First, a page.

A veteran talks about mateship, connection and taking care of your community

Allan Ploenges has a ready smile and expressive blue eyes, his demeanour is outgoing and positive – above all, he’s ready to speak about the things that matter to him.

For this Vietnam veteran, the things that matter are mateship, connection and taking care of your community.

These are the special things that sustained him during his nine years of military service, 13 months of that spent fighting in Vietnam.

His service memories are still vivid and sharp. Born in Mt Gambier in South Australia he hails from a line of men who fought for their country and were recognised with distinguished service awards for their courage. He is, and rightly so, immensely proud of them.

So, when the time came for the 17-year-old to decide on a career, it was only natural that his father recommended the Defence Forces, The young man followed his advice and by January 1963 he had signed up and was on his way to Kapuka for three months of intensive training.

“It was tough, but enjoyable,” he recalls.

After completing his training in the infantry, he went to Healsville (in the Dandenongs) to do his elected training as a medic. For about two years he worked in the School of Army Health and then applied and was accepted to go to Malaysia.

Those two and half years in Malaysia provided extraordinary experiences and opportunities for him.

“We travelled the length and breadth of Malaysia,” he said.

“We saw tigers in the wild, giant millipedes and one time we came across a tribe of people in the mountains who were living in the same way they had for hundreds of years – the modern world hadn’t touched them.”

It also gave him the opportunity to meet his wife, a nurse also in the Défense service working in the local base hospital.

The couple married, had their own children and today are enjoying their grandchildren.

He left Malaysia in 1966 to accept a posting in Thailand. By April 1968 he was back in Australia and this time around, he was part of the 9th Battalion, sent to Woodside in the Adelaide Hills for training.

“We were specifically being trained to replace a Battalion in Vietnam,” he said.

“The 9th Battalion was the last one raised in Australia.”

After another 10 weeks spent in Shoalwater Bay, his Battalion boarded HMAS Sydney, an aircraft carrier that took two weeks to arrive in Vietnam.

Allan’s face tightens up when remembers the trip.

“It was horrible – horrible,” he emphasised.

“There was a huge storm over the Bight when we crossed. Even the sailors were seasick.”

Still, these memories are not all bad.

“We were allotted 2 cans of Fosters (beer) per man, per day,” he smiled.

The crew landed at Vung Tau and travelled onto Task Force Head Quarters at Nui Dat. Nui Dat was considered ideal for the type of counter-insurgency warfare that Australians waged in Phuoc Tuy. Its location in the centre of the province meant that Nui Dat was in the middle of Viet Cong territory. Therefore, security was of prime importance. The soldiers lived in tents and worked to establish defences. Every soldier at Nui Dat had a fighting pit. Elevated bunkers, manned 24 hours a day, were constructed around the base’s perimeter which was further defended by wire obstacles and belts of anti-personnel mines. Vegetation was cleared from a 500-metre-wide area outside the wire to provide fields of fire and a clear view of approaching Viet Cong.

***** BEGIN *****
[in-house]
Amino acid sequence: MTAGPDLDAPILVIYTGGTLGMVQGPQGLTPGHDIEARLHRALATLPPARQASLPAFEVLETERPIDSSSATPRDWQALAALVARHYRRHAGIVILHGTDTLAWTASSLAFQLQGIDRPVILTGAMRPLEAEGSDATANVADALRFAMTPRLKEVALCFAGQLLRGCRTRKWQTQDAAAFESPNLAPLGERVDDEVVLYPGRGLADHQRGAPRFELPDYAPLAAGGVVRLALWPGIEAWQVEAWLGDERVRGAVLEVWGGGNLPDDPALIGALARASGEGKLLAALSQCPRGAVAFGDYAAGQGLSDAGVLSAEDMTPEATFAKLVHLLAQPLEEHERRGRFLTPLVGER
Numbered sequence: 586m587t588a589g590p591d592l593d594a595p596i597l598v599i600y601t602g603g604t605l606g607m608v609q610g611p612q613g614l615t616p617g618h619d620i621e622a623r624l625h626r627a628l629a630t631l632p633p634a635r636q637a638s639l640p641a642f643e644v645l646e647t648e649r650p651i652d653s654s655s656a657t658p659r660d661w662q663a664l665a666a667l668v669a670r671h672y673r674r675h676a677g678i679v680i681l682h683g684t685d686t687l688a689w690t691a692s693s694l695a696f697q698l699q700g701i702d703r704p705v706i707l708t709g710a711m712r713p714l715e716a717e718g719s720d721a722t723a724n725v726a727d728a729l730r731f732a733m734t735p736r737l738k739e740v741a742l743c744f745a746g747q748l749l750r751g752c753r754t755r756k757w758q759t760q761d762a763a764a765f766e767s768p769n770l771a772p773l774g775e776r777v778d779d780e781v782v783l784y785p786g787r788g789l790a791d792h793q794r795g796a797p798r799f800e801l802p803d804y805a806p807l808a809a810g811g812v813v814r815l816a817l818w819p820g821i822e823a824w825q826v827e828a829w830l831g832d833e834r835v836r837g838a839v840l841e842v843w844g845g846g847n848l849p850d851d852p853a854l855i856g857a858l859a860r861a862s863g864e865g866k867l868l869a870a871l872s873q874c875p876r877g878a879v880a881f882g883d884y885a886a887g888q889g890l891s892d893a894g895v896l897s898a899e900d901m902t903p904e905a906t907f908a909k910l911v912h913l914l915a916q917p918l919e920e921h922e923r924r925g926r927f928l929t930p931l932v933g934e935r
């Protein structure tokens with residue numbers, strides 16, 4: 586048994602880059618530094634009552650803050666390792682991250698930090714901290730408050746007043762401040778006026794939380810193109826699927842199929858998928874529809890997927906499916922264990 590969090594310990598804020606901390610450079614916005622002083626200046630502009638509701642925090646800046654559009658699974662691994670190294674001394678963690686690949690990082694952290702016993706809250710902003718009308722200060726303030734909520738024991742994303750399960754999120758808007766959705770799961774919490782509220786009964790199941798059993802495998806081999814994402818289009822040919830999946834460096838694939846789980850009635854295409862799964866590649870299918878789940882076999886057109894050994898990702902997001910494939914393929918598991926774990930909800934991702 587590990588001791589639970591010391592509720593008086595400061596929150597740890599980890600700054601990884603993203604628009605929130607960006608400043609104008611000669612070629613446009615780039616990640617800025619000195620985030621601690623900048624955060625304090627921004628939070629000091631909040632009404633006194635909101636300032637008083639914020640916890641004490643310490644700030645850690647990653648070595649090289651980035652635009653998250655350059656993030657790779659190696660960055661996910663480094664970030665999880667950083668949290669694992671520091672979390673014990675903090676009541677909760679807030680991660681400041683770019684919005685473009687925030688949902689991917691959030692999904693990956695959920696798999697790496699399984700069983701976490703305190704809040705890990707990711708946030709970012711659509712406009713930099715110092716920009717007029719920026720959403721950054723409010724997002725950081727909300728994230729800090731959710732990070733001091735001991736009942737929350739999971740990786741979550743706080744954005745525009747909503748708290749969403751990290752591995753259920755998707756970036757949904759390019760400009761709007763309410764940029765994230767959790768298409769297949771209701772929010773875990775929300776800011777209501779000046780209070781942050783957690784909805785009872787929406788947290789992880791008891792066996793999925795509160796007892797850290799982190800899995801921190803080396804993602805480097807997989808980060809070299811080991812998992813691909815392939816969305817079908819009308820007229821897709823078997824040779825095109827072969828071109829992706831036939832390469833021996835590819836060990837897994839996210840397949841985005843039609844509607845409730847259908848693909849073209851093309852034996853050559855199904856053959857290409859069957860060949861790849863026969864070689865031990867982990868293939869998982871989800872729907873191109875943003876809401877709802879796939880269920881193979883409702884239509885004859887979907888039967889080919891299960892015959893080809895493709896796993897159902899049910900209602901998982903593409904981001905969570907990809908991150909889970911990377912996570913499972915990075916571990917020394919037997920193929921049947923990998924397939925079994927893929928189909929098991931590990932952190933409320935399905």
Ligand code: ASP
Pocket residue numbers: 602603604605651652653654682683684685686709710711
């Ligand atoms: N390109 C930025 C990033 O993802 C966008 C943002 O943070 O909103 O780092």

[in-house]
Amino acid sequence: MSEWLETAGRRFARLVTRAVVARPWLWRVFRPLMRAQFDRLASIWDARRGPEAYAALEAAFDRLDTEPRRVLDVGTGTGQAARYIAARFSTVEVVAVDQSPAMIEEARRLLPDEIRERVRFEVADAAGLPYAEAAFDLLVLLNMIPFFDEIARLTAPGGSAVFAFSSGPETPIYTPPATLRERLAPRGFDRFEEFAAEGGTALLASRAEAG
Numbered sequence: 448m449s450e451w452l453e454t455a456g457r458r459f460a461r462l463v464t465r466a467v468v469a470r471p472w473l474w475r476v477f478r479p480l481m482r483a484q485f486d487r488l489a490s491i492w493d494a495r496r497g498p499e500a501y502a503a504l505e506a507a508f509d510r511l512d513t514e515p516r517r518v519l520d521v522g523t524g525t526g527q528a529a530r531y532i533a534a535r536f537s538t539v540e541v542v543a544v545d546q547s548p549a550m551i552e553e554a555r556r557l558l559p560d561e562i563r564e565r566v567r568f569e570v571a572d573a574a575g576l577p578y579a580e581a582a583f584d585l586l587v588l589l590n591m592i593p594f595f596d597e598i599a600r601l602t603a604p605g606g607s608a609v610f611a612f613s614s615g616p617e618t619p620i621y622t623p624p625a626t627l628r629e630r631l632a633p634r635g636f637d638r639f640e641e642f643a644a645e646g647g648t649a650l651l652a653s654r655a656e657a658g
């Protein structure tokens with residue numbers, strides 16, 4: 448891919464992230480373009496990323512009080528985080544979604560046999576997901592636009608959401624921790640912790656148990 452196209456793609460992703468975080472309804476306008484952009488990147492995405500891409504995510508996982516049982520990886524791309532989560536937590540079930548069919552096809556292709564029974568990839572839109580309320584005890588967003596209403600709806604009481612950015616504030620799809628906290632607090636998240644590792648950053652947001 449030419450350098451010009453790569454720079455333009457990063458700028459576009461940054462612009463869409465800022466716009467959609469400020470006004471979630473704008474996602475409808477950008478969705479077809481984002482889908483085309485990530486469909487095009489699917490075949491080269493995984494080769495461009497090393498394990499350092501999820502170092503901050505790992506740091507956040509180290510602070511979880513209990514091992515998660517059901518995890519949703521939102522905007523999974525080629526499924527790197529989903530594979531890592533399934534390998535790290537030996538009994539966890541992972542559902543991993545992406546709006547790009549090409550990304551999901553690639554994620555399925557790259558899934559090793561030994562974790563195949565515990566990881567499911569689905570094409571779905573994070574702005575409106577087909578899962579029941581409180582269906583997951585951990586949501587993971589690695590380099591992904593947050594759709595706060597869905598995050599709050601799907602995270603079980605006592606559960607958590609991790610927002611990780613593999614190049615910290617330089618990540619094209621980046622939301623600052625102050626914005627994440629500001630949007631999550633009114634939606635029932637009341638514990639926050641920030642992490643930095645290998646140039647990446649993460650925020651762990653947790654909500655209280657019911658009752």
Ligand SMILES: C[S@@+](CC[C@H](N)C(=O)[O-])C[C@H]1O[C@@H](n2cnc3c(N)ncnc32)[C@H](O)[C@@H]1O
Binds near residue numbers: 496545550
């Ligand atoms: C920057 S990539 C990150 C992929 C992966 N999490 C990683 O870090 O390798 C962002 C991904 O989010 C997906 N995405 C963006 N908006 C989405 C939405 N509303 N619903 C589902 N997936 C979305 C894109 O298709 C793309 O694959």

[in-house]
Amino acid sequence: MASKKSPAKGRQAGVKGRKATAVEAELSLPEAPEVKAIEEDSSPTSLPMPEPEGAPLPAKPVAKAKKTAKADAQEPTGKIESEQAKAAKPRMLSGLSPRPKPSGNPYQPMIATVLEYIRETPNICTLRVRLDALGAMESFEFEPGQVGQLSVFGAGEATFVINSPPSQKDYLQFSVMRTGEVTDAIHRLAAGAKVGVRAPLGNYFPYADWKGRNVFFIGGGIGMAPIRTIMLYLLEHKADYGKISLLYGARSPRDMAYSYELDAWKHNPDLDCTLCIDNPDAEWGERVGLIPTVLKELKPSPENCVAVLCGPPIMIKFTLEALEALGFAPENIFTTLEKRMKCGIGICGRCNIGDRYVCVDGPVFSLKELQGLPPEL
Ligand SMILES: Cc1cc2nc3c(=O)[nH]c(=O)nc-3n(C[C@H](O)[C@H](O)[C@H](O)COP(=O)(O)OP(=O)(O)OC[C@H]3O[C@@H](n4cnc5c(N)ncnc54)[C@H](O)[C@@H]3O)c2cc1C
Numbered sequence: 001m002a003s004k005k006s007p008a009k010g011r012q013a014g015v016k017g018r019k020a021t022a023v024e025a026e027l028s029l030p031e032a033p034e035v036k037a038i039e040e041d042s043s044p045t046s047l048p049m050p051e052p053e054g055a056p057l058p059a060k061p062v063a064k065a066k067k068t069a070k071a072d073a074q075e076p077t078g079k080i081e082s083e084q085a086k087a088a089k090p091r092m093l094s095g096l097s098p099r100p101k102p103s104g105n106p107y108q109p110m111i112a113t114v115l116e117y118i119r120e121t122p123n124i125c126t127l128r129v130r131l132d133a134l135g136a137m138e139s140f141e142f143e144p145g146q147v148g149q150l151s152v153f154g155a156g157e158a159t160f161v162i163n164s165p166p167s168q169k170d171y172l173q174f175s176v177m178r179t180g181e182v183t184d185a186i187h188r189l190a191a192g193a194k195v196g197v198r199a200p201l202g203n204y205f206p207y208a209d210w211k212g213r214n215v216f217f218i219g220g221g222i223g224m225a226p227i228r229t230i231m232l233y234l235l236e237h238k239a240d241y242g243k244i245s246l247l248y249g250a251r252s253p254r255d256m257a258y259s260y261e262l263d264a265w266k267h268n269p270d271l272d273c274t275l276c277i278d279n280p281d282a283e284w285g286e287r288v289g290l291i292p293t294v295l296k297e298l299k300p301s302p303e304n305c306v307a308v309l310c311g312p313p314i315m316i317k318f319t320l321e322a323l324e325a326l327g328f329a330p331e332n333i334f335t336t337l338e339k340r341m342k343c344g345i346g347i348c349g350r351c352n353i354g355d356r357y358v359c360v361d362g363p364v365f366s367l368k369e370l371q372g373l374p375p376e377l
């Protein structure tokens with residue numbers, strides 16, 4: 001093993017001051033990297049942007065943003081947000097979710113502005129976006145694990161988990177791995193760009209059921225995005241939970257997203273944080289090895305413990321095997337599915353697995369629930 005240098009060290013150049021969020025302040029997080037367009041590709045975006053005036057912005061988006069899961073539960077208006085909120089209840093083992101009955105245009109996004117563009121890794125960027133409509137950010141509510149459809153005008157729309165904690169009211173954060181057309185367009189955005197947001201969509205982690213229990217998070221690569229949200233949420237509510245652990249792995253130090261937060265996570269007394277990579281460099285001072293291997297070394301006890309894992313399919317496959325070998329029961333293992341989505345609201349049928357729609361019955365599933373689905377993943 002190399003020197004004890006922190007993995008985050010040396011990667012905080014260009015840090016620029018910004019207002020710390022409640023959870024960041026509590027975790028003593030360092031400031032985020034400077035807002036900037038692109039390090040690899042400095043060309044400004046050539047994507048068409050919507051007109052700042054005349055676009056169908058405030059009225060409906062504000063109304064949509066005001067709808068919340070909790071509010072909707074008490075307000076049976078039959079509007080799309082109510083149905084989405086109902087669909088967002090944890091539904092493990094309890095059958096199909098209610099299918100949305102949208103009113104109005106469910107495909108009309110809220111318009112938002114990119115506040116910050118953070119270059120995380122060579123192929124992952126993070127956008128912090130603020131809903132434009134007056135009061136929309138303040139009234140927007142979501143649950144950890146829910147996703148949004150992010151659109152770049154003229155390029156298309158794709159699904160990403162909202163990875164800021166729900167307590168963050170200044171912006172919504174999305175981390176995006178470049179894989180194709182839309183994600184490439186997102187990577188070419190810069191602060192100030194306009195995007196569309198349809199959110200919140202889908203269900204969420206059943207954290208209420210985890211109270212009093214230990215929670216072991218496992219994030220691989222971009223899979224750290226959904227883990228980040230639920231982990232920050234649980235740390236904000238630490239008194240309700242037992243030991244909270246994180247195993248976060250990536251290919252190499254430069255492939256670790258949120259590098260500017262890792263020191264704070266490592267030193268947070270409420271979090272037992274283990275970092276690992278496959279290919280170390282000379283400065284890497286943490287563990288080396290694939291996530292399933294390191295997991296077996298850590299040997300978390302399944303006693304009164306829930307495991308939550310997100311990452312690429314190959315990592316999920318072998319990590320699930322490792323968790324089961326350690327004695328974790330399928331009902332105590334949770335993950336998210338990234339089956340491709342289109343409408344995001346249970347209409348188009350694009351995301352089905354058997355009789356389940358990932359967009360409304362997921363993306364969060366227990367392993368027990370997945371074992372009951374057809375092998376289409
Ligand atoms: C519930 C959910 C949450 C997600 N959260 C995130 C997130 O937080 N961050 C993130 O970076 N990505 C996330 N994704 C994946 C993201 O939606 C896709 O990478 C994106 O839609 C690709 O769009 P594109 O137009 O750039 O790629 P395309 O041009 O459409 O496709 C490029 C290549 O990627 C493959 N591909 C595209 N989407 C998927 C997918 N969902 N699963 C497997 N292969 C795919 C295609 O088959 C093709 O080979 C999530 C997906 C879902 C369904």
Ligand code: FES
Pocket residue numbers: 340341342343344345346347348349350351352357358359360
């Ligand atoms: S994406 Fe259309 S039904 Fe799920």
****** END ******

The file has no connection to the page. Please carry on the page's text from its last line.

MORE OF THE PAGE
At its peak the base at Nui Dat was home to some 5,000 Australian personnel.

“We were out on operations most of the time, finding the enemy,” Allan explained. The specific type of operation dictated the time away. “It could be anything from five days to 10 weeks.” The patrol varied from land clearing to uncovering explosives.

He said night patrols consisted of seven or eight men who went outside the wire and into the wet, muddy jungle. There they would lie down in ambush position waiting for the enemy.

“We had to be quiet, no smoking, and we would dig down into the mud with our fingers to get ourselves as low as possible.”

When he wasn’t doing that, he was treating the wounded. Some wounds were the results of the claymore mines. When detonated, 1.5 lbs of C4 explosives would propel hundreds of ⅛” in diameter steel balls up to 100m out in a 60-degree fan pattern. According to the U.S. Army, the steel wall of projectiles is lethal within 50 meters but can maim or kill out to 250 meters.

Booze was often the antidote many soldiers used to quell the mental and physical pain.

“Everyone hammered the booze,” he said.

“It was just a way of life.”

Yet, he says that due to the quality of solider training, the Aussie Défense Force was extremely disciplined and they understood the terrain.

“They was excellent jungle training at Canungra,” he said.

In fact, he recited a sign on the wall there.

“Let not your spirit say if you were better trained you would be alive today.”

Corporal Allan David Ploenges did come home, but unlike other wars, there was little to no respect for the service they had given. “People didn’t want to know you,” he said Sadly, he recalls, one year he joined a military parade through the city, where a young woman swore at his face with degrading language and taunts.

Yes, this returned solider does admit to suffering PTSD, but it took him until 1991 to admit.

“For a long time, you put on a mask and didn’t talk about these things” he said.

He is glad that today there are plenty of avenues of support and there is no shame in revealing mental health issues.

Finally, Allan says that without doubt, it is mateship that gets you through the tough times and mateship was the thing he learned about during his military service.

“Mateship,” he said.

“It stays with you forever, because it was a mate you depended on for your life.”

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